But she later changed her mind after Housing Bridge convinced her of the good work it had done, according to the board minutes. 
The relationship between Leshinsky and de Blasio goes back at least a decade.
City records show that Leshinsky and his wife, Michelle, have donated $19,475 to de Blasio campaigns since 2007. Leshinsky also bundled an additional $2,500 in contributions as an intermediary to de Blasio’s mayoral run.
The New York World story documented how Leshinsky broke campaign finance rules by directly contributing $2,500 to de Blasio's mayoral campaign. People who do business with the city can only give up to $500 to a candidate.
The de Blasio campaign has not refunded the over-contributions, according to campaign finance records.
Before starting Housing Bridge, Leshinsky was a real estate agent who helped homeless families find apartments. He lives in a Midwood home he bought for $975,000 in 2014, property records show.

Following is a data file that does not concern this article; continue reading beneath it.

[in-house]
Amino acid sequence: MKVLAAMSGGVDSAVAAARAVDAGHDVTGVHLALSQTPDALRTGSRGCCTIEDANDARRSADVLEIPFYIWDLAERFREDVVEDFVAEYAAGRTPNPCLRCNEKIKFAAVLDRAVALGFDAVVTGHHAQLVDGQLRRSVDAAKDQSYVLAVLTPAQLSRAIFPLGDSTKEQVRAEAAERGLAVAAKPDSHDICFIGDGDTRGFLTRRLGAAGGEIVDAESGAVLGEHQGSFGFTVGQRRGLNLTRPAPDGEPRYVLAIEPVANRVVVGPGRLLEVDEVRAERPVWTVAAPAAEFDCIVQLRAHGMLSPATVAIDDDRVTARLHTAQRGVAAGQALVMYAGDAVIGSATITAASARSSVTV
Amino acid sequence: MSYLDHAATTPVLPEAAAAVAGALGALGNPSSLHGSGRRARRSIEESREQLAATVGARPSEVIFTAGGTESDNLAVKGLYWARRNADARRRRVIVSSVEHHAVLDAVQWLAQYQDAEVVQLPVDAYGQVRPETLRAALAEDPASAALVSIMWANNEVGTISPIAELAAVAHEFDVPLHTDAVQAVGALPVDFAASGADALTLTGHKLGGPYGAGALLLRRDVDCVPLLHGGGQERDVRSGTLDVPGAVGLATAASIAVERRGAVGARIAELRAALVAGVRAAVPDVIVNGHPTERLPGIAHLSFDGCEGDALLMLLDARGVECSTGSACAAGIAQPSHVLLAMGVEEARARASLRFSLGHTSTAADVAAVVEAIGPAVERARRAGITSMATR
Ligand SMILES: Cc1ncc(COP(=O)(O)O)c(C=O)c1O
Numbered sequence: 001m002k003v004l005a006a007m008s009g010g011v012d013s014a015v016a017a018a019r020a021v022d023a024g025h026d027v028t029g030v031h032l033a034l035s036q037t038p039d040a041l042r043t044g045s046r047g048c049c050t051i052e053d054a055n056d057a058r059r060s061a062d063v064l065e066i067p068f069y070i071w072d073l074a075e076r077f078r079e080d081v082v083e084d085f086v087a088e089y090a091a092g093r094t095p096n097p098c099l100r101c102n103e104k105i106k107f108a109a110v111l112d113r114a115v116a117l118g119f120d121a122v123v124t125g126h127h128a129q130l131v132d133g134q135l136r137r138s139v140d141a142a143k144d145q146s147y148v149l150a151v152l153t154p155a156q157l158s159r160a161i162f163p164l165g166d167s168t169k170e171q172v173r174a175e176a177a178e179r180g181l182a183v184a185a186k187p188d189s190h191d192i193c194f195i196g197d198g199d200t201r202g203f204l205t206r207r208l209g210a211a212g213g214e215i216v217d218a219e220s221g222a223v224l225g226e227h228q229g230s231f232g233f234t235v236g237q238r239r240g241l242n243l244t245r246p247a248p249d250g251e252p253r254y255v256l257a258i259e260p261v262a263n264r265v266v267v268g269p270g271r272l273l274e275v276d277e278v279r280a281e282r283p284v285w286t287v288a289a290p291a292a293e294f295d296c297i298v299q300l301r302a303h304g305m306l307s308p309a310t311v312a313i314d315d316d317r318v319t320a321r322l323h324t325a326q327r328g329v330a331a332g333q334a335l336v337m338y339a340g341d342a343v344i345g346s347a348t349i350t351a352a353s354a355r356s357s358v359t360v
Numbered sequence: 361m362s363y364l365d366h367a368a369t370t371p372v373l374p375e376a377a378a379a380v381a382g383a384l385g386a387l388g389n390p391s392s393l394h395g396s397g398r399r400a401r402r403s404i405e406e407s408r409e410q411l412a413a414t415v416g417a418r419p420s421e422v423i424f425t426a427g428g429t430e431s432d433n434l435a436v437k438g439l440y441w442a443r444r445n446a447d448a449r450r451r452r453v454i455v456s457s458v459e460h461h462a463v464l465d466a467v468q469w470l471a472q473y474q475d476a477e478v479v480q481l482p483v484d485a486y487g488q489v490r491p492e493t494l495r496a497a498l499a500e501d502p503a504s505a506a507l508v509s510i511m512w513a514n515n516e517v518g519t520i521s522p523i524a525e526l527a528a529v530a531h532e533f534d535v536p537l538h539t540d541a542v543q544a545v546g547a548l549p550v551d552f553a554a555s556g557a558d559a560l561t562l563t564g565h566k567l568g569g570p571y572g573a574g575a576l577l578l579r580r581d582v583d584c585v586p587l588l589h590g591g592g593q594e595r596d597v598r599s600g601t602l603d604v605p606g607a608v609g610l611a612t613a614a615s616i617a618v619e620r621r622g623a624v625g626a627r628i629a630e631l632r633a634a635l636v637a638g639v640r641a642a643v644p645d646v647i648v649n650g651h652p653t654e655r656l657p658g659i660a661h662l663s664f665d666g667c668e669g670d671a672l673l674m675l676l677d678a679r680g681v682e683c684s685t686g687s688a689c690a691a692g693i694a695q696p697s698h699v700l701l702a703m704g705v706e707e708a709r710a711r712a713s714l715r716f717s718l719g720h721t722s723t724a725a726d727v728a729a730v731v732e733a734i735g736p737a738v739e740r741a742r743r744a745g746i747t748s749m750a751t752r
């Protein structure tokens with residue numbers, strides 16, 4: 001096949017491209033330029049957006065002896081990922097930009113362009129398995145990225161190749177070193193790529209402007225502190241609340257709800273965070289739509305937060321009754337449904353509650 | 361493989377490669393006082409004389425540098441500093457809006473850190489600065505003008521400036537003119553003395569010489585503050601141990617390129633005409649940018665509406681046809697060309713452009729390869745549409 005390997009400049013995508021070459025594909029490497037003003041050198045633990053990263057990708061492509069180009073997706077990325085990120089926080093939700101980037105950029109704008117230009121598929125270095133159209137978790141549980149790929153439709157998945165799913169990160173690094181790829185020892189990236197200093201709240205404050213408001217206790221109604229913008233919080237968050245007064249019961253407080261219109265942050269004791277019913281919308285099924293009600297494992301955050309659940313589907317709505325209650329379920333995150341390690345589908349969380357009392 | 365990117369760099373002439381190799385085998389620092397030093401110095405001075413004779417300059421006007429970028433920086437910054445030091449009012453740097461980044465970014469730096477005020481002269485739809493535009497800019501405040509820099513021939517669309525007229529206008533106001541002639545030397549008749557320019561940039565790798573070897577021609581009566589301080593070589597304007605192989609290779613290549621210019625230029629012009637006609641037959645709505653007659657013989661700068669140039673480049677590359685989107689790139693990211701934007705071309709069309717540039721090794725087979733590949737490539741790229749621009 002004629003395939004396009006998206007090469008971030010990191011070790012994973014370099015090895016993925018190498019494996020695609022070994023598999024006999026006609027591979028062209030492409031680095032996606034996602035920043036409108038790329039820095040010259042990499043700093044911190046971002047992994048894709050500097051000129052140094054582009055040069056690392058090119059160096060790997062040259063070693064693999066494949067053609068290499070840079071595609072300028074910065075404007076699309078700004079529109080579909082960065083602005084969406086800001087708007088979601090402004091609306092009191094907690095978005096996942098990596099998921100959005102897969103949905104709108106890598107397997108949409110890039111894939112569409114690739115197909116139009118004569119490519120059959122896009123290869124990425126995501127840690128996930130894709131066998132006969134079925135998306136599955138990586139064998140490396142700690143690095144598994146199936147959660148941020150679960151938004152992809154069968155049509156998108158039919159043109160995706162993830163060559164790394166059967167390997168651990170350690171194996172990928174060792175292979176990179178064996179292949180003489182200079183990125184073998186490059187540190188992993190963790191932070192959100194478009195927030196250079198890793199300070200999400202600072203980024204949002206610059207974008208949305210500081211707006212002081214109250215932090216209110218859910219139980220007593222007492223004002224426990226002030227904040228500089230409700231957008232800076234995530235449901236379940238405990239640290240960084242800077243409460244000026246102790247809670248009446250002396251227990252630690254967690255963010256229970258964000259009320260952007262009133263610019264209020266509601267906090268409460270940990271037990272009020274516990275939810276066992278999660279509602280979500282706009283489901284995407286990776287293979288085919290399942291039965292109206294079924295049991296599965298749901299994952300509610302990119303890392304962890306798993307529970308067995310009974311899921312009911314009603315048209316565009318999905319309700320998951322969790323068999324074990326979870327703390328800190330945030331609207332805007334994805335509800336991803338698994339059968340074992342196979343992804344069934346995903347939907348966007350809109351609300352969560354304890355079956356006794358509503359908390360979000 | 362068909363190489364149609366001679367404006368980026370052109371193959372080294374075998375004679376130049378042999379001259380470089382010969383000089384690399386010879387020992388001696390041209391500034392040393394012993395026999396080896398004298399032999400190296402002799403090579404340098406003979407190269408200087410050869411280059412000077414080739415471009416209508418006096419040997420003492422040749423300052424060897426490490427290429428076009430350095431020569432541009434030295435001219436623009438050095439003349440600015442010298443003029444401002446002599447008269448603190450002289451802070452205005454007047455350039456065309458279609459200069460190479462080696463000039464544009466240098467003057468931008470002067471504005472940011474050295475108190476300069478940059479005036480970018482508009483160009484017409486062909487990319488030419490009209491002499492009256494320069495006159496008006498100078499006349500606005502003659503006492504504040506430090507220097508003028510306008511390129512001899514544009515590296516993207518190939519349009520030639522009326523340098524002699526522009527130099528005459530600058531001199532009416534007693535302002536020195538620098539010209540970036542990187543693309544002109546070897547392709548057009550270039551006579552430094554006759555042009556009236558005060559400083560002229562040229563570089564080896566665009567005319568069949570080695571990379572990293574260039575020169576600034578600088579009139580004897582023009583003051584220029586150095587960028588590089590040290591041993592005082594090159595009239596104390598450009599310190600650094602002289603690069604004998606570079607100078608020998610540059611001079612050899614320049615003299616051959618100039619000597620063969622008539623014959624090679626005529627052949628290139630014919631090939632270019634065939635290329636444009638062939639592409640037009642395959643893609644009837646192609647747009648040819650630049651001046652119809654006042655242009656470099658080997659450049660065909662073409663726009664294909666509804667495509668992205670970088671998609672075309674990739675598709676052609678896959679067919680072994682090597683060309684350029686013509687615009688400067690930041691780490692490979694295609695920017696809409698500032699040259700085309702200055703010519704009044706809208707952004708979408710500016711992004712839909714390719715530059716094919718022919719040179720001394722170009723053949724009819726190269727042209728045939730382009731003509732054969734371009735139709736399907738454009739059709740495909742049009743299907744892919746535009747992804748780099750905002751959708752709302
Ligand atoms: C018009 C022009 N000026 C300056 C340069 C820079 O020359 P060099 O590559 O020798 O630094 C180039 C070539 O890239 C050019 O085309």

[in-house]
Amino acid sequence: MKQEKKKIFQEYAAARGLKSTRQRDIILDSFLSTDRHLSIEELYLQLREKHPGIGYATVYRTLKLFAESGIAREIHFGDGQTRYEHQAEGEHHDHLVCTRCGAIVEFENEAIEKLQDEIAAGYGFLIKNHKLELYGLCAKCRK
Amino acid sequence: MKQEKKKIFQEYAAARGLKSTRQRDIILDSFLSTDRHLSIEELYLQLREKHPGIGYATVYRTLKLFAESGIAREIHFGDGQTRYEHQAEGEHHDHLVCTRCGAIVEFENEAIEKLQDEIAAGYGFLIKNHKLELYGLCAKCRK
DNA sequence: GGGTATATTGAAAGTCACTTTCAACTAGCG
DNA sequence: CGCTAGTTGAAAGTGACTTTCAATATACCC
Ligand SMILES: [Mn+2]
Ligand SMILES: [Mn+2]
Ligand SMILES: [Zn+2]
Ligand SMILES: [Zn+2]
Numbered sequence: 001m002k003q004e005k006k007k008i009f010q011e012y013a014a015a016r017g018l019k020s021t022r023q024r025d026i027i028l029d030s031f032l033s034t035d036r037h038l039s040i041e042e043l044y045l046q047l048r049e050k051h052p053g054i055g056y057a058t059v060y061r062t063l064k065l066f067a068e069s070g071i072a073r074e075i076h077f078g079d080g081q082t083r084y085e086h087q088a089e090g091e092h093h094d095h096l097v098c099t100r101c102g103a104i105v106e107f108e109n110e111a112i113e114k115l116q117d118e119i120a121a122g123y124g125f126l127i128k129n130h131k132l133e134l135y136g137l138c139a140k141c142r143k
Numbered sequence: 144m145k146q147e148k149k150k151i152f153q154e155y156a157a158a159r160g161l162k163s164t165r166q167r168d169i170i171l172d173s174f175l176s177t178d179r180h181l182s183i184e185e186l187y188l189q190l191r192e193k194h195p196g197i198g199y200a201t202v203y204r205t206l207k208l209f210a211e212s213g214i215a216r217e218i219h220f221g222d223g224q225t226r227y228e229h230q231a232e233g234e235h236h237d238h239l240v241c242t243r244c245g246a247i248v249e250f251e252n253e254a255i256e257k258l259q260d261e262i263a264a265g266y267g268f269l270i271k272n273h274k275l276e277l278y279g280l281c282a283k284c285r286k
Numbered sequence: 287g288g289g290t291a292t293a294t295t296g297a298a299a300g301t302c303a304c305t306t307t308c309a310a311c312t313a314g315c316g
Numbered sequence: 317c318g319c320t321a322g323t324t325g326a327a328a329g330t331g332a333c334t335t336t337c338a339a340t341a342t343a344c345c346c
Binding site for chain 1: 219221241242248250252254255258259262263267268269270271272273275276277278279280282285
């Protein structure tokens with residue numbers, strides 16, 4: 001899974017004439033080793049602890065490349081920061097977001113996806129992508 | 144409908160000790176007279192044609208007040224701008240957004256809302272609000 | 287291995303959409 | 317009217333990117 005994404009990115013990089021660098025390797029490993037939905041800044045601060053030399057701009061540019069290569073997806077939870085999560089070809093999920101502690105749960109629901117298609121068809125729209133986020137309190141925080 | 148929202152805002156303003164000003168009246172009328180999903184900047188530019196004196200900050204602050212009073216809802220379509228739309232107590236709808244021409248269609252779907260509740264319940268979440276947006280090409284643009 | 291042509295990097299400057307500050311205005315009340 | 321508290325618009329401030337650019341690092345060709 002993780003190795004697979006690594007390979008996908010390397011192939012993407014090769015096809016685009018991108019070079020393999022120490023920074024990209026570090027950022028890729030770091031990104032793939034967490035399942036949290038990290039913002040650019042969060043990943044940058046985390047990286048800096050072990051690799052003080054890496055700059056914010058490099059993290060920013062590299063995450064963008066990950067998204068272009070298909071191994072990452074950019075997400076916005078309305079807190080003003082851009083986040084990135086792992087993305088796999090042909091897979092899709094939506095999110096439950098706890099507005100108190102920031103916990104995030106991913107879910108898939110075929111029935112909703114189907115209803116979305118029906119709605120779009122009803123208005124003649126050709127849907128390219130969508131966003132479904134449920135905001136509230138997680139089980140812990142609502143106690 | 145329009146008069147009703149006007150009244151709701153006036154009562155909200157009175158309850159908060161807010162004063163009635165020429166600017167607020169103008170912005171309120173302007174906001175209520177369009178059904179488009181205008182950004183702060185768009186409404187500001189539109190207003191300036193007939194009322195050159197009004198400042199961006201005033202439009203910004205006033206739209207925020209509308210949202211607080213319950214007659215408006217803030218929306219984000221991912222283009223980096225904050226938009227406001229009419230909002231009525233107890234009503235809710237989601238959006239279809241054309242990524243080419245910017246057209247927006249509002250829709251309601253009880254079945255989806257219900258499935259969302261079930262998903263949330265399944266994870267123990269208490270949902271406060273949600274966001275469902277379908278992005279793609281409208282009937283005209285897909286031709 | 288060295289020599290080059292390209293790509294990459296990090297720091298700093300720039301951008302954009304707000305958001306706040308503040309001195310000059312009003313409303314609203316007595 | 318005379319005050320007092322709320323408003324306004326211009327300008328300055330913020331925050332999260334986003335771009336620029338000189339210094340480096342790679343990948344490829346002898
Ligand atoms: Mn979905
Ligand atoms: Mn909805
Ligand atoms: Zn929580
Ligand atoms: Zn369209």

In his resignation letter to Housing Bridge's board, Leshinsky said his reason for stepping down as the CEO was because his wife was battling cancer and he needed to care for their five young children.
Earlier this month, he filed a petition in Brooklyn Supreme Court demanding that Housing Bridge cover his legal fees connected to the state and city investigations.
Leshinsky also said in the petition that he paid back his $3 million debt by transferring his for-profit company Bridge to Employment to Housing Bridge. Housing Bridge has reorganized the company as a nonprofit called Bridge to Employment of New York Inc.